What is it about Nicki Minaj?
Note: I wrote this in 2011, but I just rediscovered it and I love it. While some elements are a little outdated, sadly, the points about rap music’s (male) homogeneity are still pretty relevant.
I’m a huge fan of female artists in rap and hip-hop. In this male-dominated environment, however, it is the rare woman who can break out amongst all the testosterone into true commercial or critical success. A short list of exceptions would include Missy Elliot, who is both a rapper and a producer. Until very recently, Missy was the last female emcee to top the Billboard charts as a solo performer, with her ubiquitous hit “Work It.” That was more than seven years ago. This is today, and today has a new female rap superstar. Her name is Nicki Minaj, and she’s doing things that no female rapper — and in some cases no male rapper — has ever done before.
Late last fall, Nicki Minaj broke the record for having the most singles listed in the Billboard top 100 at the same time (seven). Her debut album, released in November, has gone platinum, a striking achievement in the present music industry. She has appeared on new records by some of the most famous and talented musicians in rap, and often shown up the boys with her rhymes. What is it about Nicki that has allowed her to achieve this incredible rise where so many other talented female emcees (see: Jean Grae and RapSody, among others) continue to struggle in the shadow of often less gifted, less creative male peers?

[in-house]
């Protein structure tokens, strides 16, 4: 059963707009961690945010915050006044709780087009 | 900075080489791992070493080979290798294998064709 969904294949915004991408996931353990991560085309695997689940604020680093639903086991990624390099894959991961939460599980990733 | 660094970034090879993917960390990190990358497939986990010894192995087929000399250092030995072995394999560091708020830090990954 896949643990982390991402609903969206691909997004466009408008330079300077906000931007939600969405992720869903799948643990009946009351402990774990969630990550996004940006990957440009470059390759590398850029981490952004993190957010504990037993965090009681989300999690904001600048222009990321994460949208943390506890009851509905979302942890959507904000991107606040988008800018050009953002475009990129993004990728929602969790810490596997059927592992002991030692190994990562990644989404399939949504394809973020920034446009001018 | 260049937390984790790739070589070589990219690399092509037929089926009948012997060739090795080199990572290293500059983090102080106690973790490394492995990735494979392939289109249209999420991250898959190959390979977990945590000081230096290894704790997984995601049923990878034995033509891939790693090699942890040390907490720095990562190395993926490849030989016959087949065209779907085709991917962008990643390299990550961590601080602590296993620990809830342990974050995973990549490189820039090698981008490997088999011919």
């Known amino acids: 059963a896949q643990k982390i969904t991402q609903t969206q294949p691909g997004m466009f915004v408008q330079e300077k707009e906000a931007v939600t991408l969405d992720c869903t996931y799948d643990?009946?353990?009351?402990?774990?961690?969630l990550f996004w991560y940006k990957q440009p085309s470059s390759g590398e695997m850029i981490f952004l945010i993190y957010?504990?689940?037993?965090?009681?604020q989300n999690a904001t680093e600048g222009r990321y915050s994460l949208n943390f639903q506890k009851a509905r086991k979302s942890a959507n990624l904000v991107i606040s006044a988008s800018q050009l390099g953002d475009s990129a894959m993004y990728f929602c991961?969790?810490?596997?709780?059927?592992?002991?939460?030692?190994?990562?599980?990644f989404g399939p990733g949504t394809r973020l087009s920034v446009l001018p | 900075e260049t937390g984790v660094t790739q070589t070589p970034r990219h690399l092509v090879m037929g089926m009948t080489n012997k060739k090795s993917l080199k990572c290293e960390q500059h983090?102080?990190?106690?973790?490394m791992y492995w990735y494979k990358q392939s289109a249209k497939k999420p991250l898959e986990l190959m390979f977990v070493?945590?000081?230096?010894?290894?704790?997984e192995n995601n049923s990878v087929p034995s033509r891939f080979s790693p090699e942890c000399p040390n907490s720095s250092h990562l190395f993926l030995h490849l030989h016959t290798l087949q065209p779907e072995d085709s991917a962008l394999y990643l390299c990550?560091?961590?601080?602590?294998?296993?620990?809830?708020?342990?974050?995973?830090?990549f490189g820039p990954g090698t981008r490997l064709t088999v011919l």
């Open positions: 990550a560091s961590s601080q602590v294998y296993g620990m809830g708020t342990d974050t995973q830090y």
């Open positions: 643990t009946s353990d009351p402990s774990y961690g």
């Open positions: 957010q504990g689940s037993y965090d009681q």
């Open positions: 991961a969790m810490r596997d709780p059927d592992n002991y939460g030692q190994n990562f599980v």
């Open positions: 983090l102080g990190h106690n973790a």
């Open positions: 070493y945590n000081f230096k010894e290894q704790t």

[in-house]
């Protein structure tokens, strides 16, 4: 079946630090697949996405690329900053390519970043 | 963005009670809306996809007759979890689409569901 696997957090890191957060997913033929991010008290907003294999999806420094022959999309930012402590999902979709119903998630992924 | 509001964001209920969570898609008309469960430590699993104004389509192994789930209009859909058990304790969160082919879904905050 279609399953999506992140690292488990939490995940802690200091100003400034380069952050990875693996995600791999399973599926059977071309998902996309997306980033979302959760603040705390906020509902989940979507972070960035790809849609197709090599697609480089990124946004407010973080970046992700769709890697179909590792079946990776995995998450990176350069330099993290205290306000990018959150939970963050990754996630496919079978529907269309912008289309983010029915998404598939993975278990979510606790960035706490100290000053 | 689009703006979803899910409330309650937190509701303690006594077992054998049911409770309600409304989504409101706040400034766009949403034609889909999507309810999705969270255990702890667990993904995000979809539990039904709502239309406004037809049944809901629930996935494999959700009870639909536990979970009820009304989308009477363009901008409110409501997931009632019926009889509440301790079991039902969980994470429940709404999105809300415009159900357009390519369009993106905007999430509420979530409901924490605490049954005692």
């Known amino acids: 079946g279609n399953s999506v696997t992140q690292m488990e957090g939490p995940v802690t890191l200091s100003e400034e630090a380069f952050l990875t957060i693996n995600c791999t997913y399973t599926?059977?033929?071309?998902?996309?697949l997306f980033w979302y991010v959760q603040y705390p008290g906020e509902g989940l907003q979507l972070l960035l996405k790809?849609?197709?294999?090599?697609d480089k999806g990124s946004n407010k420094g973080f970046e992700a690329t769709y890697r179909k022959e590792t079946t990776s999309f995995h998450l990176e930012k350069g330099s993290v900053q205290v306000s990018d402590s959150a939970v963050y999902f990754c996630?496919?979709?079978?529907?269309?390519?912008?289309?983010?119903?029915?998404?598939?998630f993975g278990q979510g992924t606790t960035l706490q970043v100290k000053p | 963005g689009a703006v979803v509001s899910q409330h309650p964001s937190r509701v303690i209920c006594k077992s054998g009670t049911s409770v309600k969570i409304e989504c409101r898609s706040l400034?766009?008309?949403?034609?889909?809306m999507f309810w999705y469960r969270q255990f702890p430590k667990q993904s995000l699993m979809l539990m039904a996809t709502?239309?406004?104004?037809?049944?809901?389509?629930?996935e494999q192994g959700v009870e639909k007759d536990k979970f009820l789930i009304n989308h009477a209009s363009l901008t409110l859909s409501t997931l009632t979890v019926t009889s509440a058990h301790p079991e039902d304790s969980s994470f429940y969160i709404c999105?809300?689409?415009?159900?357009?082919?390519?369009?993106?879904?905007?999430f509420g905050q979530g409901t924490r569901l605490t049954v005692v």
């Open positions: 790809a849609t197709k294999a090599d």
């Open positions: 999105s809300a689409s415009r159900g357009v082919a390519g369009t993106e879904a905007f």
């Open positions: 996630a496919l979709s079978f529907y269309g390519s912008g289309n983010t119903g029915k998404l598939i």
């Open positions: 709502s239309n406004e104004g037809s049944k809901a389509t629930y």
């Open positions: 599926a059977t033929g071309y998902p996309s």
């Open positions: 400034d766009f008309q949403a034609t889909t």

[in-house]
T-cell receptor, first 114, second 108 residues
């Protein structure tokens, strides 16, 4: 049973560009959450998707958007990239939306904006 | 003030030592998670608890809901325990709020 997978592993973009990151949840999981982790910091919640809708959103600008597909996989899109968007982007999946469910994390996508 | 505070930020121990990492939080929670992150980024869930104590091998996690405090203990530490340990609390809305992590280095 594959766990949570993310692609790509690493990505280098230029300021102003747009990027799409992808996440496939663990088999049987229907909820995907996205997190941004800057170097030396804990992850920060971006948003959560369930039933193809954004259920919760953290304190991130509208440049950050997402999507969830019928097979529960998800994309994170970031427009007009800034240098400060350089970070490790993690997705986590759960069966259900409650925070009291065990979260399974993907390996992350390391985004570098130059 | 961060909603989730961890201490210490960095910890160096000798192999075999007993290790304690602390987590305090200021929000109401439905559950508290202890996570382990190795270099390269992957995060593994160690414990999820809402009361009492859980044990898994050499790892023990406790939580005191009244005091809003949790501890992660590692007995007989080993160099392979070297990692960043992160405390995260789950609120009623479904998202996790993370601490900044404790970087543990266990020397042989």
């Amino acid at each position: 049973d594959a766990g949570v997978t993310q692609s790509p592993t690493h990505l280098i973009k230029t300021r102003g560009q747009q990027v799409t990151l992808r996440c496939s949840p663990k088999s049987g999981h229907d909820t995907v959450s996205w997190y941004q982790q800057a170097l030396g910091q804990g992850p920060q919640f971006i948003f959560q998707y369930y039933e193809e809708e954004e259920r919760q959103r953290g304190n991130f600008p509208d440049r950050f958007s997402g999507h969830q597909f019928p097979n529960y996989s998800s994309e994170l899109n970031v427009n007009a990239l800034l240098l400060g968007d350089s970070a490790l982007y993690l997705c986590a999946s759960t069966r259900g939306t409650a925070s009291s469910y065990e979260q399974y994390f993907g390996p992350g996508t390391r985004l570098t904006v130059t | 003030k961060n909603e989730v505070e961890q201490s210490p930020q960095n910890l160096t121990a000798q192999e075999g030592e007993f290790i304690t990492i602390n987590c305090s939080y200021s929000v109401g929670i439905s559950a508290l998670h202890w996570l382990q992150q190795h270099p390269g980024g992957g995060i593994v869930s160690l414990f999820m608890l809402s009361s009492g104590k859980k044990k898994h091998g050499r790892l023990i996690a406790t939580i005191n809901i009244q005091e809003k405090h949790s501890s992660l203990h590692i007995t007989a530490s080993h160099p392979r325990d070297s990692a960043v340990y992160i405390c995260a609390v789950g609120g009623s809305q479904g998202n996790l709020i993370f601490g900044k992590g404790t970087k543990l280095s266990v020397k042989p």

Generally, though not exclusively, female rappers have found space in the hip-hop world by emphasizing their sexuality (yes, Lil’ Kim, I’m talking about you). Nicki, while she certainly raps about sex, has embraced a broader range of rap braggadocio, crowing on various tracks about expensive cars and clothing, pop culture, and stacks of hundred-dollar bills — in other words, the standard fare of mainstream rap. Where it gets even more interesting, however, is in Nicki’s tendency to comment on hip-hop’s gender imbalance in creative ways. Sometimes rather explicitly, she makes a point to acknowledge her identity as a female emcee while refusing to let it corner her into rapping primarily about fellatio.
She is talented, attractive, and has undoubtedly benefited from working closely with Lil’ Wayne and other superstars. But Nicki Minaj is also extremely smart, and uniquely creative. She has cultivated a passionate body of fans, who call themselves “barbies.” The moniker comes from one of Nicki’s distinct internal characters or personalities, another factor that I believe has contributed to her success.
“Barbie,” her main alter-ego, is super-feminine and raps in a high-pitched squeal, while “Roman,” a second character, is actually male and is the side of Nicki that appears in one of her most aggressive and engaging tracks, titled “Roman’s Revenge.” Employing alter egos is a fascinating way in which Nicki permits herself many different styles, and the emcee’s candor in discussing the alter-egos is extremely entertaining, giving fans a glimpse inside her learned cultural mind.
To me, it’s unfortunate that it is “Barbie” who dominates Nicki’s debut album, titled “Pink Friday.” The album has a rather pop-tinged sound, and it is the exceptions to that trend—“Roman’s Revenge” as well as “Blazin’,” which features Kanye West—that stand out to me as its strongest. Fortunately, her talent, visibility, and huge fan following suggest that Nicki will be around, with room to improve and develop the various facets of her music, for a long while. It’s a safe bet that “Roman” be too.